Depending below the wall 64 are a pair of spaced legs 68 and 69 formed with aligned apertures. In Fig. 3, the aperture 70 in the leg 68 is clearly shown, but the perspective of the figure is such as to prevent a view of the aperture in the leg 69. A ball 7' is received between the legs 68 and 69 and projects part way through the apertures in the legs 68 and 69. Said ball is formed with a polar bore in which is received a rod 72 adapted to be secured in adjusted position by a set screw 73 received in a threaded bore intersecting the bore in which is received the rod 72.

A clamping bolt 74 is associated with the extremities of the legs 68 and 69 and is provided with a hand bar 75 whereby said bolt may be rotated to clamp the legs 68 and 69 against the ball 71 to prevent movement thereof.

A similar unit 62a is connected to the saddle 58 at a spaced point; and the rods 72 and 72a are connected also to the balls 71 of brackets 62b and 62c carried by the saddle 60.

It will be obvious that, when the clamping bolts 49, 53, and 56 of the brackets 39, 39a, 39b, 39c, 39d, 39e, 39f, and 39g, and the clamping bolts 74 and set screws 73 of the brackets 62, 62a, 62b, and 62c are all tightly set, the four saddles 29, 29', 58 and 60 are.rigidly held against movement with respect to each other.

Preferably, -the rod 15 is formed with a longitudinally extending slot or kerf 138 (see Figs. 2 and 6) and the sleeves 17 and 35 are provided with keys received in said slot to hold said sleeves positively against rotation about the axis of the rod 15.

In Fig. 5 there is illustrated a somewhat more complicated embodiment of the present invention which is useful where extremely close adjustments are necessary.

In said embodiment of the invention, I have shown a sleeve 80 in place of the sleeve 35, said sleeve 80 being formed with a perpendicular standard 81 receiving a threaded rod 82 upon which is slidably mounted a split clamping sleeve 83 flanked by nuts 84, only the upper one of which is shown. Said sleeve 83 carries a supporting unit 85 which is illustrated in detail in Figs. 8, 9 and 10.

Said unit comprises a disc 86 having a peripheral, externally threaded flange 87 with which is threadedly associated a flanged sleeve 88 supporting a ring 89. Between the ring 89 and the disc 86 is received a disc 90 to which is suitably secured, as by screws 91, an element 92. The disc 90 is provided with a depending tongue 93 for a purpose later to be explained.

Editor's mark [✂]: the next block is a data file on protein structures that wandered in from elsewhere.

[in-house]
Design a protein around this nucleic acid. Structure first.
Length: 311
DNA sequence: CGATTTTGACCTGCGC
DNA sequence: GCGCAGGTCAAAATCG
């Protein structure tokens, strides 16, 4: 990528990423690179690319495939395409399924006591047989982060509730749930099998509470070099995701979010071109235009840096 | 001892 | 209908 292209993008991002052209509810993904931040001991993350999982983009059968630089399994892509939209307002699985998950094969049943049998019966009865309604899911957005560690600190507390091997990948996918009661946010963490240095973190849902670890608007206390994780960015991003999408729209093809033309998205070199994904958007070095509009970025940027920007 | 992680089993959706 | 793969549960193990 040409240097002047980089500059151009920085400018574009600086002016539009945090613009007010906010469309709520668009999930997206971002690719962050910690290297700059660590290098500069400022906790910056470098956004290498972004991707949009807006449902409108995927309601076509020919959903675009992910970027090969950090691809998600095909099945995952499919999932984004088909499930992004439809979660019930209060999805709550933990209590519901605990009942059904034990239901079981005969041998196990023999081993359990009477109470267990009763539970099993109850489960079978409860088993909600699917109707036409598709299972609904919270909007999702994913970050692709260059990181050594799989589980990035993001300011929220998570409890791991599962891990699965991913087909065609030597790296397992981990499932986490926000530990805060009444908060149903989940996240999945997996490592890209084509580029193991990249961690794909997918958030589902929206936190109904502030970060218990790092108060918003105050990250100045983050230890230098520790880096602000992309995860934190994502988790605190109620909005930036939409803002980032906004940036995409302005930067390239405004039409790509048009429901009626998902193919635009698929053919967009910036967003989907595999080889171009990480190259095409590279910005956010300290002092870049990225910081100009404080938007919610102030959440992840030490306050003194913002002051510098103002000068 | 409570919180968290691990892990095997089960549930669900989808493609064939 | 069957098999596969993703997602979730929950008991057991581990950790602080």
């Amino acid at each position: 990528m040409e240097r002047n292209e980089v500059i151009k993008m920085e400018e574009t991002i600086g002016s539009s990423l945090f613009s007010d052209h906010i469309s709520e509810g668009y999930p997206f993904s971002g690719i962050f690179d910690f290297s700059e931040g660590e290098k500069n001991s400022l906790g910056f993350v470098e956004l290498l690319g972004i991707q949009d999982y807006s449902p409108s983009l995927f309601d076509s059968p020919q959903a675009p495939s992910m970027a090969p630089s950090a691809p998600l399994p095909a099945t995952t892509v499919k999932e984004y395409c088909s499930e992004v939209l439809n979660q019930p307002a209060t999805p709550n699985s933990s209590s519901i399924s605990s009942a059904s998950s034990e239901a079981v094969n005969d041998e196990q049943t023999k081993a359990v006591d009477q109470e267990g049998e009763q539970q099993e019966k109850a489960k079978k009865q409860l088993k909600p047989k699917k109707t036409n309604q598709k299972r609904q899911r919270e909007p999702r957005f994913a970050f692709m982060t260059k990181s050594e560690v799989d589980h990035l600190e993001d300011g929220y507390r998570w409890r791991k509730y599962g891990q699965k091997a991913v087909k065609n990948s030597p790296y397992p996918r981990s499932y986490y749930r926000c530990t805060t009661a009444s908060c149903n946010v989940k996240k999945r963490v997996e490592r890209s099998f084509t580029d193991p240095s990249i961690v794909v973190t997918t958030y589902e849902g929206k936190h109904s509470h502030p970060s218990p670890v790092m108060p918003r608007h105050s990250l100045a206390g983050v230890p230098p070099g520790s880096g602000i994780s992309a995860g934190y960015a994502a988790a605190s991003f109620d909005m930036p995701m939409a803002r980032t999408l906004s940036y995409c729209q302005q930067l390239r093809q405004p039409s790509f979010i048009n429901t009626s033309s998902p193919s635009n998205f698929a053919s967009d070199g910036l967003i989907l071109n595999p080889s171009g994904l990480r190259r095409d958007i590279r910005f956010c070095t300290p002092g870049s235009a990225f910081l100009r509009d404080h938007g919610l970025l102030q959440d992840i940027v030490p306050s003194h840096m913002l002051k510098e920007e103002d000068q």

The element 92 is formed with a bore 94 in which is received a coiled spring 95 and a ball 96, the end of the bore 94 being peened over to hold 5the ball 96 within the bore.

A back plate 97 is suitably secured to one surface of the element 92 and provides a bearing for one end of a shaft 98 upon which is mounted a pinion 99 received in a socket 100 of an element 101 secured to the back plate 97. As is clearly shown in Fig. 9, the elements 92 and 101 are formed to provide curved walls 103 and 104 cooperating with the wall 97 to form a guide for a saddle 105. Said saddle is formed on its inner surface with rack teeth adapted to cooperate with the pinion 99; and it will be clear that the elements 92, 97, and 181 form an open-sided guide into which the saddle may be inserted through the open side.

A front plate 106 is formed with one curved edge 107 adapted to be received in a groove 108 formed in the surface 104 of the element 101.

As is clearly shown in Fig. 8, the lateral extent of the element 92 is substantially equal to the thickness of the saddle 105; while the lateral extent of the element 101 is somewhat greater.

The inner wall of the groove 108 lies substantially in the plane of the forwardly presented face of the element 92.

80 The edge of the closure plate 106 opposite the edge 107 is formed with a projecting tongue 109 which is adapted to be inserted in the space between the forward face of the element 92 and the depending tongue 93 on the disc 90, thereby 35 engaging the ball 9S to be pressed, by the spring 95, against the tongue 93. After insertion of the tongue 109 into the space between the element 92 and the tongue 93, the edge 107 of the plate 106 may be shifted into registry with the groove ro 108, whereafter the plate 106 may be moved downwardly to enter the edge 107 iinto the groove 188. The tongue 109 is of such length that, even after the edge 107 of said plate has been seated in the groove 108, the tongue 109 is '5 still engaged by the ball 96. The.edge 107 of the plate 106 is notched as at I10 for cooperation with a portion 11 of the element 101 which interrupts the groove 108.

On its inner face, the plate 106 is provided with retainers 112 and 113 which hold in place a leaf spring 114 adapted to engage and press against the outer face of the saddle 105; and set screws 115 and 116 ,are provided to force said spring 114 into clamping engagement with said saddle. It will be clear that rotation of the shaft 98 through the medium of the wing 102 will cause adjustment of the saddle 105 about its center of curvature; that the saddle guide may be rotated about the center of the disc 86; and that the sleeve 83 may be vertically adjusted on rod 82 by manipulation of the nuts 84, and may be manually rotated about the axis of the rod 82 unless locked in place by tightening the clamping bolt 83'. A set screw 86' is preferably provided to lock the disc 90 against rotation, when desired. The saddle 105 is provided with means for gripping the ends of a wire 117 which is located in such a position as substantially to intersect the center of curvature of the saddle 105.